From this point of view, one may truly say that Confucius’s career was a total and colossal failure. An admiring posterity of disciples were reluctant to contemplate this stark reality: the humiliating failure of a spiritual leader is always a most disturbing paradox which the ordinary faithful cannot easily come to terms with. (Consider again the case of Jesus: it took 300 years before Christians became able to confront the
of the cross.[

Thus, the tragic reality of Confucius as failed politician was replaced by the glorious myth of Confucius the Supreme Teacher.


Politics—as I have just indicated—was Confucius’s first and foremost concern; but, more generally, this is also true of ancient Chinese philosophy. On the whole (with the only
exception of the Daoist, Zhuang Zi), early Chinese thought essentially revolved around two questions: the harmony of the universe and the harmony of society—in other words, cosmology and politics.

The eremitic life may be tempting for a sage, but since we are neither birds nor beasts, we cannot escape among them; we must associate with our fellow men. And when the world loses the Way, the sage has a moral duty to reform society and to set it back on track.

Politics is an extension of ethics: “Government is synonymous with righteousness. If the king is righteous, how could anyone dare to be crooked?” The government is of men, not of laws (to this very day, this remains one of the most dangerous flaws in the Chinese political tradition). Confucius had a deep distrust of laws: laws invite people to become tricky and bring out the worst in them. The true cohesion of a society is secured not through legal rules but through ritual observances. The central importance of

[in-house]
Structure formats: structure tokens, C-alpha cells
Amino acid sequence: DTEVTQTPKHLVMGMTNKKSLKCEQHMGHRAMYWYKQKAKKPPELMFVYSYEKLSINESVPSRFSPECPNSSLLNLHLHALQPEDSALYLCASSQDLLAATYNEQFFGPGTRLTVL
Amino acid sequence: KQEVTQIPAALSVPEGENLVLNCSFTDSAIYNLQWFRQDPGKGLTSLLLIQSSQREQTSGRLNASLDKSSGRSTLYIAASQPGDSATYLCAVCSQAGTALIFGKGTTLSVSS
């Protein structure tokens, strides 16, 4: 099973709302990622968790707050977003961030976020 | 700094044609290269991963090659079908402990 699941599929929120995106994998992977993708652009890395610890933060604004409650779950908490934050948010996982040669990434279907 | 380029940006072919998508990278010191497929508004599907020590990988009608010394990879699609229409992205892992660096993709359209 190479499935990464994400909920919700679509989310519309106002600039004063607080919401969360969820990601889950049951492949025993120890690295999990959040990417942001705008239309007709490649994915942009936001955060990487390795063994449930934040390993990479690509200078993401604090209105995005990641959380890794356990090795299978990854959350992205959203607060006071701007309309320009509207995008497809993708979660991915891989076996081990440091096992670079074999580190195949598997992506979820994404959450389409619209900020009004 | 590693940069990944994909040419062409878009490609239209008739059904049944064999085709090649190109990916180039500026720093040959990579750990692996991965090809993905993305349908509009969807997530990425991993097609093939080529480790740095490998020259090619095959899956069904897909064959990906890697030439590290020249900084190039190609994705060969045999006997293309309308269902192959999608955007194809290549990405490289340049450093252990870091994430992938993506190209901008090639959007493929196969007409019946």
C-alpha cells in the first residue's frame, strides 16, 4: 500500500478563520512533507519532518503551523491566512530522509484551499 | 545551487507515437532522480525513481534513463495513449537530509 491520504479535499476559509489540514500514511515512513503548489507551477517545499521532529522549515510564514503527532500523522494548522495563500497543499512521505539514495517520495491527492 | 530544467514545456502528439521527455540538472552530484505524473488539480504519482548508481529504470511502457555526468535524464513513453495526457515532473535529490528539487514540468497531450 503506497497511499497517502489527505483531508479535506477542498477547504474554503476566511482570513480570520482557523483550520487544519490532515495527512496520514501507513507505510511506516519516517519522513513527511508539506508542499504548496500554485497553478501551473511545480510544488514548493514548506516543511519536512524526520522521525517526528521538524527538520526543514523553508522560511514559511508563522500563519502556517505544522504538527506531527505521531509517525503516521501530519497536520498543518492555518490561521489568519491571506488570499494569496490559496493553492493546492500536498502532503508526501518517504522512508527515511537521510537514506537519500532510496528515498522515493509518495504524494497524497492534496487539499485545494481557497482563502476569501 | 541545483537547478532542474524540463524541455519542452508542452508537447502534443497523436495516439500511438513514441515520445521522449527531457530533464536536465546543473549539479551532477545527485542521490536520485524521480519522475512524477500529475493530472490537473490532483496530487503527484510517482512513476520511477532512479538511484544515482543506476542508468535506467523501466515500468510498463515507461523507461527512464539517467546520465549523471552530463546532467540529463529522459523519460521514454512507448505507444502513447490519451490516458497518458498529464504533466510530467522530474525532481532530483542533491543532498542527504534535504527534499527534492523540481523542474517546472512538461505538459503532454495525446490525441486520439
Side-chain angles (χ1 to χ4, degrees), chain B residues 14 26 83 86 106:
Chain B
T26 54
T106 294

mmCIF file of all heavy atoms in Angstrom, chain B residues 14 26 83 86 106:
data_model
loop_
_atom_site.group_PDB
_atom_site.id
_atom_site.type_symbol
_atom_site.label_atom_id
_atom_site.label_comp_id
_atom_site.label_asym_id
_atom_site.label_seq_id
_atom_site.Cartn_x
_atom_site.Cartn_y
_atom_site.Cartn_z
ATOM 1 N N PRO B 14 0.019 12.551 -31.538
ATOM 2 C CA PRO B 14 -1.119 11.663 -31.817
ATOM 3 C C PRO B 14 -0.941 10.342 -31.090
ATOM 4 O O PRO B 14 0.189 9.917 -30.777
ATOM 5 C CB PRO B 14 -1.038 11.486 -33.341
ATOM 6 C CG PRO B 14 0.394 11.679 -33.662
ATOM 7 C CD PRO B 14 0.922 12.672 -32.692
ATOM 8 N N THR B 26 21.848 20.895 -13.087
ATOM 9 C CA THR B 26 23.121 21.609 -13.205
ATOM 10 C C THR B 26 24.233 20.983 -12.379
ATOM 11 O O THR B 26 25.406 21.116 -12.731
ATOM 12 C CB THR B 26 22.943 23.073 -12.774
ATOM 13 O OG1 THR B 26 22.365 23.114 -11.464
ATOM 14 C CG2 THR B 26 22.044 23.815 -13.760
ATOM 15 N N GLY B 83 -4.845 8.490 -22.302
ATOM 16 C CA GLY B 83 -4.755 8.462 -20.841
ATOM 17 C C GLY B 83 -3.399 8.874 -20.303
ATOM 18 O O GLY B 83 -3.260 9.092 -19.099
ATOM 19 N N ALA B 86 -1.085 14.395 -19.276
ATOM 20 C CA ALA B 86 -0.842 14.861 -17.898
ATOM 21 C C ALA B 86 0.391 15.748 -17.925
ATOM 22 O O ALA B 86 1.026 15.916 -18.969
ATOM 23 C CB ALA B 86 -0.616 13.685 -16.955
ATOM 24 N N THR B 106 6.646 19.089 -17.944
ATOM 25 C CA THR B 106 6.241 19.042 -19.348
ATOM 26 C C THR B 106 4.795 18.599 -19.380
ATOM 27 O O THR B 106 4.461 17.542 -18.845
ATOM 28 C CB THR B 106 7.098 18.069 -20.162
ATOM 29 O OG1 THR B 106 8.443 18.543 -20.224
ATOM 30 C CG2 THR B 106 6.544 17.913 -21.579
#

in the Confucian order may at first appear disconcerting to some Western readers (conjuring up in their minds quaint images of smiling Oriental gentlemen, bowing endlessly to each other), but the oddity is merely semantic; one needs only to substitute for the word “rites” concepts such as “
,” “civilised usages,” “moral conventions” or even “common decency” and one immediately realises that the Confucian values are remarkably close to the principles of political philosophy that the Western world inherited from the Enlightenment. Montesquieu in particular (who, paradoxically, did not share in the Chinese euphoria of his time, as he detected a ruthless despotism at work in the political practice of eighteenth-century China) developed notions that unwittingly recapitulated Confucius’s views that a government of rites is to be preferred to
a government of laws; Montesquieu considered that an increase in law-making activity was not a sign of civilisation—it indicated on the contrary a breakdown of social morality, and his famous statement, “
Quand un peuple a de bonnes mæurs, les lois deviennent simples
,” could have been lifted straight from the

According to Confucius, a king leads by his moral power. If he cannot set a moral example—if he cannot maintain and promote rituals and music (the two hallmarks of civilisation)—he forfeits the loyalty of his ministers and the trust of the people. The ultimate asset of the state is the trust of the people in their rulers: if that trust is lost, the country is doomed.

Confucius often said that if only a ruler could employ him, in one year he would achieve a lot, and in three years he would succeed. One day a disciple asked him, “If a king were to entrust you with a territory which you could govern according to your ideas, what would you do first?” Confucius replied, “My first task would certainly be
to rectify the names